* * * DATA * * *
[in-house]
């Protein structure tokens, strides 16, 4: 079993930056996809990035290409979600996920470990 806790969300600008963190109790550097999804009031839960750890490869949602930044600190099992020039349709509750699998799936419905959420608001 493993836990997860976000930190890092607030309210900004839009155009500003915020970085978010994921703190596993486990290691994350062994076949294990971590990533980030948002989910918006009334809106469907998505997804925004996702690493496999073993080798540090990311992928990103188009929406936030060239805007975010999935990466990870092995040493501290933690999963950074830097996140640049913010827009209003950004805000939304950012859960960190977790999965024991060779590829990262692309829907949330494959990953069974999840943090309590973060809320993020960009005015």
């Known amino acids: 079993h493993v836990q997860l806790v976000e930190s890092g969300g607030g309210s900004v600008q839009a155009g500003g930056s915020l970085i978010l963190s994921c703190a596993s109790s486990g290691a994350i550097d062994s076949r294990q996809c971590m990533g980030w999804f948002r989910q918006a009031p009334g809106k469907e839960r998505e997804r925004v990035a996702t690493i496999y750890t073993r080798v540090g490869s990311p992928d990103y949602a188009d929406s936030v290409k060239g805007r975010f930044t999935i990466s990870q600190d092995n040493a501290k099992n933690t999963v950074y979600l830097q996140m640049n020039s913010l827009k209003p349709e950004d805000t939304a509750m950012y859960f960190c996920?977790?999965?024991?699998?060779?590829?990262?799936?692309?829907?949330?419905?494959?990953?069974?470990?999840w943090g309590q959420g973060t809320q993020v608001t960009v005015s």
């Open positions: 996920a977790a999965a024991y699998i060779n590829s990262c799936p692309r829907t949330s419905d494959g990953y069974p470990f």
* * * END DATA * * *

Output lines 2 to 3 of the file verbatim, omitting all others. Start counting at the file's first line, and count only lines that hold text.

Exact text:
């Protein structure tokens, strides 16, 4: 079993930056996809990035290409979600996920470990 806790969300600008963190109790550097999804009031839960750890490869949602930044600190099992020039349709509750699998799936419905959420608001 493993836990997860976000930190890092607030309210900004839009155009500003915020970085978010994921703190596993486990290691994350062994076949294990971590990533980030948002989910918006009334809106469907998505997804925004996702690493496999073993080798540090990311992928990103188009929406936030060239805007975010999935990466990870092995040493501290933690999963950074830097996140640049913010827009209003950004805000939304950012859960960190977790999965024991060779590829990262692309829907949330494959990953069974999840943090309590973060809320993020960009005015």
């Known amino acids: 079993h493993v836990q997860l806790v976000e930190s890092g969300g607030g309210s900004v600008q839009a155009g500003g930056s915020l970085i978010l963190s994921c703190a596993s109790s486990g290691a994350i550097d062994s076949r294990q996809c971590m990533g980030w999804f948002r989910q918006a009031p009334g809106k469907e839960r998505e997804r925004v990035a996702t690493i496999y750890t073993r080798v540090g490869s990311p992928d990103y949602a188009d929406s936030v290409k060239g805007r975010f930044t999935i990466s990870q600190d092995n040493a501290k099992n933690t999963v950074y979600l830097q996140m640049n020039s913010l827009k209003p349709e950004d805000t939304a509750m950012y859960f960190c996920?977790?999965?024991?699998?060779?590829?990262?799936?692309?829907?949330?419905?494959?990953?069974?470990?999840w943090g309590q959420g973060t809320q993020v608001t960009v005015s």